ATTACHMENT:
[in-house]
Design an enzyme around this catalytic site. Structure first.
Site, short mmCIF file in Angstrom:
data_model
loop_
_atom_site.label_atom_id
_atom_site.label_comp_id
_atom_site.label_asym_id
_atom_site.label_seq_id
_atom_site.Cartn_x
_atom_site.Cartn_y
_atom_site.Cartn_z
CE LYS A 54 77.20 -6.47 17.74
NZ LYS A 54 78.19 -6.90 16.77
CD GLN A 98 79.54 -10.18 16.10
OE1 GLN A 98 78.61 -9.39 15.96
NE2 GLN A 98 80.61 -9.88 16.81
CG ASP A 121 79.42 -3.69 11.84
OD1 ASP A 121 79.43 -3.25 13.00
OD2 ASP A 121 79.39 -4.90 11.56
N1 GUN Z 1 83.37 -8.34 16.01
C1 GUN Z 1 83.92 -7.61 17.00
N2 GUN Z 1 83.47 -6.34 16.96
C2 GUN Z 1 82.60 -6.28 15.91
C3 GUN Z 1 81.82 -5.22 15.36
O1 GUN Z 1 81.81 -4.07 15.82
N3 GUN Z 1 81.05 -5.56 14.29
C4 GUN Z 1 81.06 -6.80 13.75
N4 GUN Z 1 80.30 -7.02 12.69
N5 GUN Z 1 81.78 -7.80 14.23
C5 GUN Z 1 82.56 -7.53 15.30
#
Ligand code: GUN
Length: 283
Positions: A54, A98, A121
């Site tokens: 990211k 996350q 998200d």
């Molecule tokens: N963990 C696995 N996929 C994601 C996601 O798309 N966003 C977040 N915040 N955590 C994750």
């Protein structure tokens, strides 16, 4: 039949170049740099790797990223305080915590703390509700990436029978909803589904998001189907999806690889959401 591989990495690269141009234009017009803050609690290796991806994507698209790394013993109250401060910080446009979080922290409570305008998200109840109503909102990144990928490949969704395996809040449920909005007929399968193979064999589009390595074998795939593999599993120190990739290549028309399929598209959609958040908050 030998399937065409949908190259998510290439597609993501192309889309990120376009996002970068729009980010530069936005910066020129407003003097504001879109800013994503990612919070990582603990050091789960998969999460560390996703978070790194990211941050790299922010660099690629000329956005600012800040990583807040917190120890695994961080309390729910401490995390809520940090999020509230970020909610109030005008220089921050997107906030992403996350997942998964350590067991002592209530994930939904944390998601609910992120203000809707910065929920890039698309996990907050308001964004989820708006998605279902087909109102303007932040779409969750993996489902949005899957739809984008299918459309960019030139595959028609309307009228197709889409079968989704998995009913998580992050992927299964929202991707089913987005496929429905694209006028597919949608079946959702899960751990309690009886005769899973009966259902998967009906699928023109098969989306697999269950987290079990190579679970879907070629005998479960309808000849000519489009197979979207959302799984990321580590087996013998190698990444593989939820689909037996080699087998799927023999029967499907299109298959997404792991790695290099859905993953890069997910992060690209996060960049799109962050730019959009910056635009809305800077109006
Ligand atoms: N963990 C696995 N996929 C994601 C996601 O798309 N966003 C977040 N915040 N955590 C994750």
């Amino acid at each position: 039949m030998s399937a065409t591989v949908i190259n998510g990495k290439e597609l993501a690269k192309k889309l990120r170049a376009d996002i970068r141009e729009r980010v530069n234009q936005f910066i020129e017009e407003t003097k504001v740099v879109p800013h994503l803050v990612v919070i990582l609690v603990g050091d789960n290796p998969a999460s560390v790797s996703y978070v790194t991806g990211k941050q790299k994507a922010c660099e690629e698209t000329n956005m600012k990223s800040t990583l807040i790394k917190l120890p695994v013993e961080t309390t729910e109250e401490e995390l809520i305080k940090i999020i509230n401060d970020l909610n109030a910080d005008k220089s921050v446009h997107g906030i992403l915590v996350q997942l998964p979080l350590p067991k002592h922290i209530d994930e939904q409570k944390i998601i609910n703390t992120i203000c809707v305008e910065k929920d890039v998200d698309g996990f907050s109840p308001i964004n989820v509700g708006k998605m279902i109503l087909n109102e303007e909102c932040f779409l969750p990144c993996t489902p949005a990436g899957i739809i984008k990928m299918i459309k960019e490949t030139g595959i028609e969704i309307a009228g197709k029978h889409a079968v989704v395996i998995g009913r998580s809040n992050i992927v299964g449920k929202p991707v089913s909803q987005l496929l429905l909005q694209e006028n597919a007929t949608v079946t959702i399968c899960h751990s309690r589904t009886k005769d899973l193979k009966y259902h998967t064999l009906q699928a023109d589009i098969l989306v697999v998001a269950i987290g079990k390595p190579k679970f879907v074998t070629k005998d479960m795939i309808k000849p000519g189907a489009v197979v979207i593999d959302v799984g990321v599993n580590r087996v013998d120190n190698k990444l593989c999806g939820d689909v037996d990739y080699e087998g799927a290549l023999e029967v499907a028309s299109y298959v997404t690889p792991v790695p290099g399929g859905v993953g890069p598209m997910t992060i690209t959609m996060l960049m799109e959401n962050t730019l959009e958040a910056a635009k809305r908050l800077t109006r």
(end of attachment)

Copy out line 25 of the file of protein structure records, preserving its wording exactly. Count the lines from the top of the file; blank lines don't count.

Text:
C3 GUN Z 1 81.82 -5.22 15.36